Baoding balls, a.k.a. "Chinese meditation balls," help strengthen your hands as well as your immune system while reducing stress.
by Bill Mehlman
If you've ever wandered through Chinatown and poked your head into any of the stores that sell melamine "porcelain," kung fu uniforms, lucky bamboo and similar schlock, you've probably noticed the little decorative boxes with two matching balls in them. They're usually known as "Chinese health balls" or "Chinese meditation balls," but the real name, in Mandarin (I assume) is Baoding balls, named for a city in northeastern China where these balls were supposedly first created during the Ming dynasty.
The balls come in matched pairs, and are available in a variety of sizes and materials. The most common ones are made of metal, either chrome-plated or covered in cloisonné. I dislike these because they feel unpleasant in my hand, they're very light and most of all because they tend to have some cheesy-sounding gong built into them which boings as you roll them around.
You can get them in different kinds of stone, from marble to jade. These have a nice heft and are cool and soothing in the hand. You can find them readily on eBay or elsewhere online. I got my best sets walking around in Chinatown. One shopkeeper sold me a pair of beautiful yellow jade balls for a buck apiece, and threw in a quick lesson.
The use couldn't be simpler, at least in theory. Hold both balls in one of your hands, palm facing upward. Manipulate your fingers so that the balls roll around in a circle. The idea is to keep the balls from touching each other, and to reverse the rotation from time to time. Strangely enough, for me the large ones are easier to use than the smaller ones.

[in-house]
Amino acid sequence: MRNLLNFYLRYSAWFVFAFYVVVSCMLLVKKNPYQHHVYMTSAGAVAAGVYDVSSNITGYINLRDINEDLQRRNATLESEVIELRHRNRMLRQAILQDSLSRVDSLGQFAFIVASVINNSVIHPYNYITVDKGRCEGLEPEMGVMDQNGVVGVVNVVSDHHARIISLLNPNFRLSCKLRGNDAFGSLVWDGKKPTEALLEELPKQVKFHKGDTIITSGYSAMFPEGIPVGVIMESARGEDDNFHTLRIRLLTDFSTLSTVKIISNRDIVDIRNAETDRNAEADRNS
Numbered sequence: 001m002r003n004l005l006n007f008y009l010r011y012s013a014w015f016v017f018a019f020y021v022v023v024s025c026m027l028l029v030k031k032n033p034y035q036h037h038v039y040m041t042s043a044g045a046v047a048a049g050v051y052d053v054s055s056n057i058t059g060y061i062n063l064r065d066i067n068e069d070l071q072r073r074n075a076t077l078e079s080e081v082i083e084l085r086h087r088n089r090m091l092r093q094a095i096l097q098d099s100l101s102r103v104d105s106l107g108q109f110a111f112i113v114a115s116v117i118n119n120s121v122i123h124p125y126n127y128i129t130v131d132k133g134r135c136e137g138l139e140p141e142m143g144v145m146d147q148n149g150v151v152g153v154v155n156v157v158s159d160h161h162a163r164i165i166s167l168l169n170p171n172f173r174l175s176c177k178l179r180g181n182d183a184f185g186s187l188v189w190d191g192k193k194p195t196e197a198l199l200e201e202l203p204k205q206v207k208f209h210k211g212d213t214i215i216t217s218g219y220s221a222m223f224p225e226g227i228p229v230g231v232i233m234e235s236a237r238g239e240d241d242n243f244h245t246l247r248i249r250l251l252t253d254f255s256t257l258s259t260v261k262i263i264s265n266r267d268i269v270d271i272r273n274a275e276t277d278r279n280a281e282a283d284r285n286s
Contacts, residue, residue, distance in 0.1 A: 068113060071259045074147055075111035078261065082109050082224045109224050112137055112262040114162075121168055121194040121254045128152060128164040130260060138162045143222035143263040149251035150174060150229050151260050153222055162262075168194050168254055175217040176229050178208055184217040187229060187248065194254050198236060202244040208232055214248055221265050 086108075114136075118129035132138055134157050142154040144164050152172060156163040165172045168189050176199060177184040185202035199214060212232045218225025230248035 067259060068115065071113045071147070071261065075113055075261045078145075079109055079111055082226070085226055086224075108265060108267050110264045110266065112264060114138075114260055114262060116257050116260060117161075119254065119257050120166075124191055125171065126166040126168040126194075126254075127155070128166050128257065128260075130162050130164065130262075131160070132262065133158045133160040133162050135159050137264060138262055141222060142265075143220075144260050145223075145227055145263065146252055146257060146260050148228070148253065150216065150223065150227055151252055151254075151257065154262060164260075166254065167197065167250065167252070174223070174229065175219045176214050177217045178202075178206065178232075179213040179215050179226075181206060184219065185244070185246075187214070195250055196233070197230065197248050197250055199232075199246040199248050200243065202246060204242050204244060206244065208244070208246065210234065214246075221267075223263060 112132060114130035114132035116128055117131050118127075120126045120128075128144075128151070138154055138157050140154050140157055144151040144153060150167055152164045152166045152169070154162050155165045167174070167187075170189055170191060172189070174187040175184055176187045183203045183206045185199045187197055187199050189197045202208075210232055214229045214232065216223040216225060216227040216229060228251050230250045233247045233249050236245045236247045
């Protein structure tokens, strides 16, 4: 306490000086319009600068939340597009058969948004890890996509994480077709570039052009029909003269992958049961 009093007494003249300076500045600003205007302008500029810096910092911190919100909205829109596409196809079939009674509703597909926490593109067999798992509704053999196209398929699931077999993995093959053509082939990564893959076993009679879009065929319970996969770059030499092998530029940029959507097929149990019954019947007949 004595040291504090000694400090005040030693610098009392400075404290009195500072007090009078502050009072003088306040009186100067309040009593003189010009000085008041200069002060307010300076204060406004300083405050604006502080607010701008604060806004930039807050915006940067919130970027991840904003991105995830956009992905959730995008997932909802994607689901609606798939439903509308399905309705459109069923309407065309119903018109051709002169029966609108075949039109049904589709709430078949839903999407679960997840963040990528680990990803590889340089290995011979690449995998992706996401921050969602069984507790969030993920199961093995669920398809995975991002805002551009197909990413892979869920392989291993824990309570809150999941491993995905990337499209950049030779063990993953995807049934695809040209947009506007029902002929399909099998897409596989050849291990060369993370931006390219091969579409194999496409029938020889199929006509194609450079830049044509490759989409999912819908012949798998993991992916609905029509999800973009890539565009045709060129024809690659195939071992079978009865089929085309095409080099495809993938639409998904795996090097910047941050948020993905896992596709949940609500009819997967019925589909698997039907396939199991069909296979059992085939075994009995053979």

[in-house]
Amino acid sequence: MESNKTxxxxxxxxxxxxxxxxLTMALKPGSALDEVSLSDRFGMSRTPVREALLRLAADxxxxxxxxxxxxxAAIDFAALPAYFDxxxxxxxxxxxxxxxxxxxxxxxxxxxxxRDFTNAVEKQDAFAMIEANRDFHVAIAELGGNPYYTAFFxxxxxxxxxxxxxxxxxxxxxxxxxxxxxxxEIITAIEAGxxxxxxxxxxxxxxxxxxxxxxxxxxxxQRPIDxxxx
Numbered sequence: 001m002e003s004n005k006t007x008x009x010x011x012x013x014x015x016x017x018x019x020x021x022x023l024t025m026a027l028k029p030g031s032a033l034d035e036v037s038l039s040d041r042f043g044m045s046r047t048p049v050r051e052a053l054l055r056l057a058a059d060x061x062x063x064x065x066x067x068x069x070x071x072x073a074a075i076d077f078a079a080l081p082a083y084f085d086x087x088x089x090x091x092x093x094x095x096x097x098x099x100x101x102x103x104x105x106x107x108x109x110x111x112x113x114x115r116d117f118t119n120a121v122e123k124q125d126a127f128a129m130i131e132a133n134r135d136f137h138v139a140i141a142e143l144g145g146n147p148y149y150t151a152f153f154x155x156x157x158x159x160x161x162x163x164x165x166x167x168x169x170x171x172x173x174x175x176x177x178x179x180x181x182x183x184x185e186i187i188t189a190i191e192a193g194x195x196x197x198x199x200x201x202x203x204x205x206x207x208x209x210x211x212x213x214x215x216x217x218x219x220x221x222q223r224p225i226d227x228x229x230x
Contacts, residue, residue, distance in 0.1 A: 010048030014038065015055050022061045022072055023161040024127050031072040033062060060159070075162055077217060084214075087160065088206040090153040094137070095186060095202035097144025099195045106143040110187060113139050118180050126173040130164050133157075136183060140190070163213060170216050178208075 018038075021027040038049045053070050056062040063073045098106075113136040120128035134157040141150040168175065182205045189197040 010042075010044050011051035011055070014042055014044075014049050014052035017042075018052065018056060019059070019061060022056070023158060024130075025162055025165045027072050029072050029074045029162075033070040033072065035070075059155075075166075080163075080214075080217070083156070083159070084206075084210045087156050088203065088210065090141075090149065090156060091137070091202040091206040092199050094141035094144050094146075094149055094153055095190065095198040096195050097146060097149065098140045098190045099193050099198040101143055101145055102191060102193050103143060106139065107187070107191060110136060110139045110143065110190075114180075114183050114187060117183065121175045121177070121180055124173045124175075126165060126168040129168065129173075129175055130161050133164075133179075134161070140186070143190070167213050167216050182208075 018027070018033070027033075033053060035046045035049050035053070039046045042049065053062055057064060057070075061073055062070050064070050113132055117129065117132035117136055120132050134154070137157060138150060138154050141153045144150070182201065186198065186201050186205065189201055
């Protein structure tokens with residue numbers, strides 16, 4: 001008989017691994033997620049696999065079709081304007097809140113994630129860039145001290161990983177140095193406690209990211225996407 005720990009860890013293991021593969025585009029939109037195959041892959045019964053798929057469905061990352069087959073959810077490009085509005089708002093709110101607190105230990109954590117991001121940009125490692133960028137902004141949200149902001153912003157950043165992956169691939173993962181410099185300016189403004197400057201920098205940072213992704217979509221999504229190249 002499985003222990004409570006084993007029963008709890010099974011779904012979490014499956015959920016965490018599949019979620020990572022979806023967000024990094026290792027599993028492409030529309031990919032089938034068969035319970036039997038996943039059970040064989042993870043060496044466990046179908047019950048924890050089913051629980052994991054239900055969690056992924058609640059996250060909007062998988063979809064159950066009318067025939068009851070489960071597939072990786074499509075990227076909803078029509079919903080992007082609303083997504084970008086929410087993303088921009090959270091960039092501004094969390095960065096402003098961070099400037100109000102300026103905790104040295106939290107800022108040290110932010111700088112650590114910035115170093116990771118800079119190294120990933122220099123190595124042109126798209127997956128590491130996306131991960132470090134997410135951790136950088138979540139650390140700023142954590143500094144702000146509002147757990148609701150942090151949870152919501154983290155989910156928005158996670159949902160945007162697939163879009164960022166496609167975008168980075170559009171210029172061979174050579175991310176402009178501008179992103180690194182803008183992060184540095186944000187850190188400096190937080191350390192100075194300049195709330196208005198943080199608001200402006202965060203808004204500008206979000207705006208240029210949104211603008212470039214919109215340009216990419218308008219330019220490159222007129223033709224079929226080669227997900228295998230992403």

Once you learn how to use the balls, you can really get jiggy with it. Go to YouTube. and look for videos. You can find clips in which some long-fingered gents can handle five balls at once.
But, you ask, why bother? Well, the Chinese believe that Baoding balls, in rolling around your palm and fingers, put pressure on some critical acupressure points, thereby strengthening your chi and, consequently, various internal organs. I can't vouch for this, but I can, as someone who spends a good deal of time nattering away on a keyboard, attest that regular use of Baoding balls will stretch your hands and strengthen your hands and forearms. They also seem to have an overall calming effect. That may be psychosomatic, but any kind of repetitive movement, as I've opined elsewhere, tends to be soothing.
If you can get into the habit of using them while you're watching T.V., you'll be very happy with the results within a few weeks. Spend a couple of bucks and a few minutes practicing with the Baoding balls while you watch toothpaste commercials. It actually makes you feel better.
What could be bad about that?